One woman is readily remembered as the early face of the country’s struggle to make Uganda an investment destination, writes Brian Magoba
It takes some effort believing that Dr Maggie Kigozi is another “typical” muganda—courtesy of Irish blood on her paternal side, or that she was ever famous for anything other than being the Executive Director and face of the Uganda Investment Authority (UIA).
Not only is she a bonafide member of the Ngeye clan born on July 5, 1950 in Fort Portal , she also represented Uganda at international sports events, was Uganda’s national junior tennis champion between 1968-71, a champion motorcycle rider like her Blick brothers, and a physician to Members of Parliament between 1968-1994.
After 1994, she worked in relative anonymity as the Marketing Director for Crown Beverages. But, fame was her fate, and five years later, she became the cheerleader of UIA’s effort to transform Uganda into a leading investment destination.
The face of UIA
Pundits doubted her qualifications and experience were equal to the task of promoting and facilitating an entire nation’s private sector investments. She quickly silenced them by becoming a fixture at investment conferences wherever they were held, personally touting the most favourable aspects of Uganda’s investment climate.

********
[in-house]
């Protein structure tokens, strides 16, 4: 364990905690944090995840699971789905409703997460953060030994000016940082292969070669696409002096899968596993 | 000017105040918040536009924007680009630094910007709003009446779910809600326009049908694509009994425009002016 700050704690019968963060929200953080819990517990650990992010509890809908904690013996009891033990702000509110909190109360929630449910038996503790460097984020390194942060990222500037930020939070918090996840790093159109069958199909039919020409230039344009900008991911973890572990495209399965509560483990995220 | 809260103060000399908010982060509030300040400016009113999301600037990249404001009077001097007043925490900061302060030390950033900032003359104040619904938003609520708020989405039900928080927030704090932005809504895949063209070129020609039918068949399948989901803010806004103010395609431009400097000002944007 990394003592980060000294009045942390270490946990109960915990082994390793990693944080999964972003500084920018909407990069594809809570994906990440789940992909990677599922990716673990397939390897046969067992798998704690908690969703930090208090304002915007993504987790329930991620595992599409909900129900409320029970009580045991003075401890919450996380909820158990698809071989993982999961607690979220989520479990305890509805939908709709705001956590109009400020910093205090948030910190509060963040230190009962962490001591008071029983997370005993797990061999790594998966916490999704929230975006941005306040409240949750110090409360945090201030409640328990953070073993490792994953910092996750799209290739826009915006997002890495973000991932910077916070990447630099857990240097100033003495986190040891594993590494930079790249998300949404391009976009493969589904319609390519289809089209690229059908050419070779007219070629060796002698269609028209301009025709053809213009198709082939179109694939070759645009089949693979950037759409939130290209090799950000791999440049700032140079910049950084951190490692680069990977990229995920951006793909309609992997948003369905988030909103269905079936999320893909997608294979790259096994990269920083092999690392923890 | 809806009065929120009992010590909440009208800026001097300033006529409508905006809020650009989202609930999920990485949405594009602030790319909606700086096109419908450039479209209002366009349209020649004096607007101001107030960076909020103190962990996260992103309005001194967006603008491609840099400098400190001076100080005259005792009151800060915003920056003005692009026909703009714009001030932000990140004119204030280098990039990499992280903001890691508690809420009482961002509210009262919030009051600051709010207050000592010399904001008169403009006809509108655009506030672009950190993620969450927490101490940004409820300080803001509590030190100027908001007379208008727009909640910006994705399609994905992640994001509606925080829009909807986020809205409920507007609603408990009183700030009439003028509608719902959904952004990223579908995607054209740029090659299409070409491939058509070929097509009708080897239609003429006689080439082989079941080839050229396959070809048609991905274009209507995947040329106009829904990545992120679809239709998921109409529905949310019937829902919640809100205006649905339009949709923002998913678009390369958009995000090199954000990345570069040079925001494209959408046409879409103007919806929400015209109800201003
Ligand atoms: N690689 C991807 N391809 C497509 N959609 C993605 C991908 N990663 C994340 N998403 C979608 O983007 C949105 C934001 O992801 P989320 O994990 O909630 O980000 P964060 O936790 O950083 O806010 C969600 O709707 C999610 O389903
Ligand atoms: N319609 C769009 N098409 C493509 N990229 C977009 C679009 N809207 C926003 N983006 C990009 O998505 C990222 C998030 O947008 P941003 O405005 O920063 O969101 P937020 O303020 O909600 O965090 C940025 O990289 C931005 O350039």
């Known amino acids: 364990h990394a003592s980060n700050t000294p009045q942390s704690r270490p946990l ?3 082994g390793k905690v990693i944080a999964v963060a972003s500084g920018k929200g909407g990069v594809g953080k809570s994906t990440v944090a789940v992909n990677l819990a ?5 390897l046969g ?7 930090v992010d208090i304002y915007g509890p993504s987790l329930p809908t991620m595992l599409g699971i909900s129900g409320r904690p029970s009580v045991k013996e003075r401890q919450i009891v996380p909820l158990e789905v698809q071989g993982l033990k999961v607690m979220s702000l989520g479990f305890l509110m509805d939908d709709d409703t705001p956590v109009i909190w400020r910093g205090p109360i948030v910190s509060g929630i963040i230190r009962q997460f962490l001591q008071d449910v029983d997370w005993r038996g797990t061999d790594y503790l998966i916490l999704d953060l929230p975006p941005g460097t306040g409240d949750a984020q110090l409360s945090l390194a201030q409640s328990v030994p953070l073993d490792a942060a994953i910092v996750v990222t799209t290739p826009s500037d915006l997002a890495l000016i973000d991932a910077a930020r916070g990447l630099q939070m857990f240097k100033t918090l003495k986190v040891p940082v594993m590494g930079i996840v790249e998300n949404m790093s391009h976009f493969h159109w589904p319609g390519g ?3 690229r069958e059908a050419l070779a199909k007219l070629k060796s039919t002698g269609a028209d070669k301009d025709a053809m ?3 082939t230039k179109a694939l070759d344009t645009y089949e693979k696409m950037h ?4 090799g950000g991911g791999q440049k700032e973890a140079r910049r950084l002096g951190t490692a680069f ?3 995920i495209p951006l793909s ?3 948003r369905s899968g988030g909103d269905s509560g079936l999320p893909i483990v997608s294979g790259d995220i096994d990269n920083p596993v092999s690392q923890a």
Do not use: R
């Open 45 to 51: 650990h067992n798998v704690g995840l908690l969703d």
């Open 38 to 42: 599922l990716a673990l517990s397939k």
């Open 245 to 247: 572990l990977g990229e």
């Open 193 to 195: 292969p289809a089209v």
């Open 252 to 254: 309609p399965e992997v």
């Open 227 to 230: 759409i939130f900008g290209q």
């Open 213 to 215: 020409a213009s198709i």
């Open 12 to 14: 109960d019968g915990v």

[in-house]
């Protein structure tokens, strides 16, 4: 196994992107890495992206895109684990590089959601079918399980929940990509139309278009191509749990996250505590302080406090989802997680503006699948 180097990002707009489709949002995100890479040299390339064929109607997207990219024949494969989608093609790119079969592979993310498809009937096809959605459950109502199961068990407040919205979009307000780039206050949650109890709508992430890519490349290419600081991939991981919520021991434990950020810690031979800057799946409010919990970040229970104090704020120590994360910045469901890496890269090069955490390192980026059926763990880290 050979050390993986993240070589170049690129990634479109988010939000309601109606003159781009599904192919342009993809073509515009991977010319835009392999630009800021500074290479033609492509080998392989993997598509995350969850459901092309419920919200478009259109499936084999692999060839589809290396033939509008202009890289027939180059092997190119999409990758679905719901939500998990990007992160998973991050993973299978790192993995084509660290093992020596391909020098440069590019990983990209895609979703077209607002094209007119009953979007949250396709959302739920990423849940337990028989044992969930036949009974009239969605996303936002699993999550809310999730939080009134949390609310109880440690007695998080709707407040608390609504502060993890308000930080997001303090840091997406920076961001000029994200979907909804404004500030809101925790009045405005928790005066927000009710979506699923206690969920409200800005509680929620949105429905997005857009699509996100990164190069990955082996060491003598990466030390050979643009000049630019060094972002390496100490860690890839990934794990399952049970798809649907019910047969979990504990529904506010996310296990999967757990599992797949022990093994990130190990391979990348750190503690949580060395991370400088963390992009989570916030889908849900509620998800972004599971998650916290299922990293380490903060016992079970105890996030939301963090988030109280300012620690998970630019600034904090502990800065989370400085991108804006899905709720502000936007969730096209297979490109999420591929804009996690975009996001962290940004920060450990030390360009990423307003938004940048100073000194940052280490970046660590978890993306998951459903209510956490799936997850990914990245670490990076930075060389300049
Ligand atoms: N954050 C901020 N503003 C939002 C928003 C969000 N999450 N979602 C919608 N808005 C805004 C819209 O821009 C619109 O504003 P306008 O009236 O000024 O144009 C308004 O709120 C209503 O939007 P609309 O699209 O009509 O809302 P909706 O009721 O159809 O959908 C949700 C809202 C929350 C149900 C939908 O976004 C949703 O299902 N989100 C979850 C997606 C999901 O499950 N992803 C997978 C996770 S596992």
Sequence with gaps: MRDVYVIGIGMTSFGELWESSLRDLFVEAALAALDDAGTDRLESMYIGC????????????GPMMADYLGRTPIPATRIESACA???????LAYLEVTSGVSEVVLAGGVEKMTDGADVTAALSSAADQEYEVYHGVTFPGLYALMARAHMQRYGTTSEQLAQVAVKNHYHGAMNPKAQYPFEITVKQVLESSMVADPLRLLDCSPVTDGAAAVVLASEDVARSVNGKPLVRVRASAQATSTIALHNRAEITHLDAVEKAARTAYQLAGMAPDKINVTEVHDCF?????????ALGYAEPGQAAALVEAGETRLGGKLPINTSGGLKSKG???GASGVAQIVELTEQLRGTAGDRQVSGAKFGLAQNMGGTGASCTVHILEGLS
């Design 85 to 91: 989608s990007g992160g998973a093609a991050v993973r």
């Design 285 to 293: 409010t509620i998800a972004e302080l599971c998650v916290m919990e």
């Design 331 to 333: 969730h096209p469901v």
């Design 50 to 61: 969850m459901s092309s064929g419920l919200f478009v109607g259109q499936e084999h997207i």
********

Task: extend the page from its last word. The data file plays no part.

Positive results naturally followed, with UIA winning the prestigious Corporate Location Prize for the best investment promotion agency in Africa and the Middle East in 2001.
Some of her other jobs as the Focal Point Officer for the Africa Asia Business Forum , and Patron of the Ugandan Diaspora Network with its “Home is Best” Diaspora Summits gave her extra involvement with especially Indian and Chinese investors, and Uganda investors based abroad.
Partly due to her efforts attracting them, UIA’s annual reports kept showing improvements in Foreign Direct Investments (FDI’s) and jobs they created. FDI’s totaling Shs30t came to Uganda, growing from $200m(about Shs500b) in 2000 to $845m (over Shs2t) by 2010. Projections grew from 48,098 jobs in 2006 when Uganda was declared Africa’s seventh fastest growing economy, to 55,690 jobs in 2007.
What reads like a minor success is still worth celebrating in Uganda where unemployment statistics provide much mileage to both social commentators and lip-service politicians.
As UIA’s most visible deal-broker, it was Dr Kigozi that critics accused of bunching briefcase companies with bona fide investors. The extent of her involvement in UIA’s offer of land to investors aroused much debate. The 2006 sale of the land Shimoni Demonstration School formerly occupied for Shs3.6b to Saudi investor, Prince Sheikh Alwaleed bin Talal, particularly soured her public image. Opinions ranged from her playing real-estate agent during the transfer of ownership from Sudhir Ruparelia, to always effecting such government directives before considering their non-economic cost.